Voting Blogs: First Person Singular: Data is a useful tool for elections officials | Steve Weir/electionlineWeekly

There are two major observations that I have had during my 24 years as County Clerk-Recorder. First, the people who work in elections are extremely dedicated and ethical. Second, we have in our hands access to a wealth of data that we should use to tell our story. However, many of us miss the opportunity to review and to “own” our data. I slowly found out in my early days as Clerk, that our elections information management system had TONS of reports on virtually every aspect of our operations. From simple over-under reports (that can identify individual precinct problems) to rejected vote-by-mail ballots, patterns of problems could be easily identified and tracked. In 1996, we had a close contest for a California State Senate seat. Out of about 300,000 votes cast, the spread was about 700 votes, not close. However, the losing party asked for a recount. After 25,000 ballots were hand counted, the spread had hardly changed and the recount was called off. As part of this process, I noticed that 3,200 vote-by-mail ballots had been rejected, almost 4 percent of the total vote-by-mail ballots cast. Most of these arrived after election day. No one seemed bothered by this statistic. No one except me. These were voters who did not have their ballots counted.

Voting Blogs: Can California’s New Primary Reduce Polarization? Maybe Not | The Monkey Cage

According to many pundits and scholars, closed primary elections are a major contributor to the ideological polarization in Congress and state legislatures. By partitioning voters into two ideologically-sorted electorates, they argue, closed primaries incentivize candidates to adopt the positions of voters in their party rather than of their constituency as a whole. As a result, they elect representatives who consistently toe the party line and resist compromise. Advocates of reform, from academics like Morris Fiorina to practitioners like Arnold Schwarzenegger, therefore argue that replacing closed party primaries with a more open nominating process will reduce polarization and its offspring—gridlock and a noxious political atmosphere—by helping moderate candidates. Are these claims about the consequences of reform valid?

Voting Blogs: Early voting legislation biggest response to November lines so far | electionlineWeekly

Following the November election, just about every politician from the president on down vowed to do something about the lines some voters faced during the 2012 general election cycle. Now, with most Legislatures back at work — some have even completed their work for 2013 — altering, or allowing, early voting seems to be the most popular way legislators have chosen to tackle the problems of lines. According to the National Conference of State Legislatures 32 states and the District of Columbia allow voters to cast a ballot in person in advance of an election and Oregon and Washington offer all vote-by-mail thus making early voting a moot point. Of the remaining 16 states that did not offer early voting at the time of the November 2012 general election legislatures in more than half of those states are considering legislation that would allow voters to cast an early ballot. Bipartisan efforts to advance early voting have begun making their way through several statehouses.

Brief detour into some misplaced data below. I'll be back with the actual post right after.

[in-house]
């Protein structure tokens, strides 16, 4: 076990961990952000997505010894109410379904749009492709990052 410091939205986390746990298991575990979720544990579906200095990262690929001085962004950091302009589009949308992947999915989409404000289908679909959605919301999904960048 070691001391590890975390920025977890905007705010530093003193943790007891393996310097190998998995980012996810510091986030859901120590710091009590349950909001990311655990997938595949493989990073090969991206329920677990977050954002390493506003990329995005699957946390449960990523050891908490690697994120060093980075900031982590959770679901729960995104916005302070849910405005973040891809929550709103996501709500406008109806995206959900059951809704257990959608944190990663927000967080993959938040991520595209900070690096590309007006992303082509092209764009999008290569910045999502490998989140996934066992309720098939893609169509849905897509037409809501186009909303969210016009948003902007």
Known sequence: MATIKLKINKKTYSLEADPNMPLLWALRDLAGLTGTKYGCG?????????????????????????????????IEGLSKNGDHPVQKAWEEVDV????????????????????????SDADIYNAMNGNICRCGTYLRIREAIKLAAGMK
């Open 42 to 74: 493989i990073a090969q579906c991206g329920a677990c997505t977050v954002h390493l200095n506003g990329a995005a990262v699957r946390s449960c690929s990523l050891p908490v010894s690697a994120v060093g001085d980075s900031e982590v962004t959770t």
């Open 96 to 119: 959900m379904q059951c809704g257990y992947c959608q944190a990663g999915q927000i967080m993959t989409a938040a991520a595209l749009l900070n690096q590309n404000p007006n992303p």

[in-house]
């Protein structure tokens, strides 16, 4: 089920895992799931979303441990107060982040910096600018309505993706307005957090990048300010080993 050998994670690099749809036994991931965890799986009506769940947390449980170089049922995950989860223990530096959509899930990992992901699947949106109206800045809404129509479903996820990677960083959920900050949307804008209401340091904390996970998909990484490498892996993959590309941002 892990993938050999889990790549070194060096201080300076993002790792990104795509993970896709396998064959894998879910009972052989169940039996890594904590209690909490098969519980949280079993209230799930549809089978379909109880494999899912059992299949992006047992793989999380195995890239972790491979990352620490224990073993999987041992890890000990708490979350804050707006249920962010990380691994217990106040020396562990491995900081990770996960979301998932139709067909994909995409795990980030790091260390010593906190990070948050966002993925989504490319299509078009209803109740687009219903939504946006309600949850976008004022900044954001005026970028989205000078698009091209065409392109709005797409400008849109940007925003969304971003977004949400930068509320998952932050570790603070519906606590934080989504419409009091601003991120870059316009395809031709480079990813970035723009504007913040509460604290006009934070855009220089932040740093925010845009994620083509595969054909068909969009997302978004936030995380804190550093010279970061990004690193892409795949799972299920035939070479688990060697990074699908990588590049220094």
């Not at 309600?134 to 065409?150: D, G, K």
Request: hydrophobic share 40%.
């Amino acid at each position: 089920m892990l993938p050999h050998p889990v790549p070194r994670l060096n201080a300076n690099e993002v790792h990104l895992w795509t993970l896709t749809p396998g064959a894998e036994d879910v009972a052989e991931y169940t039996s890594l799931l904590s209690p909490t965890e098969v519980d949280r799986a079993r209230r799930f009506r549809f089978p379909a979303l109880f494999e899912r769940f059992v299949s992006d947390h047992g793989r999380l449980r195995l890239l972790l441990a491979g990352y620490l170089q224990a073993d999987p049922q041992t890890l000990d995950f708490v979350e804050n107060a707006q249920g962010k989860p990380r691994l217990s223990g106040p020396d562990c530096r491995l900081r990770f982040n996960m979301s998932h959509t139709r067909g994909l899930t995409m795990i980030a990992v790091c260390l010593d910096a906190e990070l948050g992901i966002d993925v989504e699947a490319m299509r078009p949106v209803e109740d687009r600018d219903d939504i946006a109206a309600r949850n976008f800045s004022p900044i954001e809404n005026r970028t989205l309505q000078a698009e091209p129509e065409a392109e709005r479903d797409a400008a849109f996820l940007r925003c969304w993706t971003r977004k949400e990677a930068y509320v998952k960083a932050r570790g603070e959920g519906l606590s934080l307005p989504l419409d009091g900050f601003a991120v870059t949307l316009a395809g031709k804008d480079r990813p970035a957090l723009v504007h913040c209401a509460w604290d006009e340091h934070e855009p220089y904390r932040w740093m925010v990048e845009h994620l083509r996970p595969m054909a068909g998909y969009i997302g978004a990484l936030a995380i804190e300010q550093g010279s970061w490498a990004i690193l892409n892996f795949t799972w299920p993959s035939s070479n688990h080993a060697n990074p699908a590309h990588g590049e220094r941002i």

Voting Blogs: Arbitrary and Outrageous Costs for ‘Recounts’ of Paper Ballot Elections in California Continue to Stymie Citizen Authentication of Results | BradBlog

Early last month, The Brad Blog offered an exclusive special report on how a single Registrar of Voters in Fresno County, CA effectively stopped a citizen-organized attempt to confirm the results of last November’s Prop 37 initiative dead in its tracks. She was able to stop an attempted post-election hand count of the paper ballots in her county by charging the proponents of the count an outrageous and seemingly arbitrary high price to carry out the count. Now, a very similar story is being reported in regard to an attempt to confirm the results of a mayoral race in another California county where the “losing” candidate is said to have lost by just 53 votes. In that case, rather than an outrageous $4,000 per day to count the paper ballots again, as was the case for Prop 37 in Fresno, the candidate has been charged $2,000 per hour for her attempt to verify that the results of her contest were accurately reported by the computer system.

Voting Blogs: Party Nationalization after the 2013 Ecuadorian Legislative and Presidential Election | The Monkey Cage

On Friday, 8 March, the Ecuadorian National Electoral Council (Consejo Nacional Electoral, CNE) released the final voting results for the legislative and presidential elections held on 17 February. These results verify the dominance of the government party, Alianza Patria Altiva I Soberana (Alianza PAIS), and hint at a realignment of the party system. Riding the coattails of the popular incumbent president Rafael Correa, Alianza PAIS has transcended the historical tendency towards regionalization of the country’s parties through a strong performance across the country’s 34 electoral districts. This election marks an important milestone for democracy in Ecuador. President Correa is completing the first full term for an Ecuadorian president since Sixto Durán Ballén (1992-1996), and his time in office surpasses that of Isidro Ayora (1926-1931), making him the longest-serving president in the country’s history.[1] His current mandate terminates on 10 August 2013. As expected, Correa easily won re-election in the first-round with 57% of the valid vote, and Alianza PAIS won a 92-seat majority in the 137-member unicameral legislative assembly (seat distribution is still being decided by the National Electoral Council, pending a ruling on potential voter fraud in the province of Guayas).

Voting Blogs: Post Election Report: Kenyan Elections 2013 | The Monkey Cage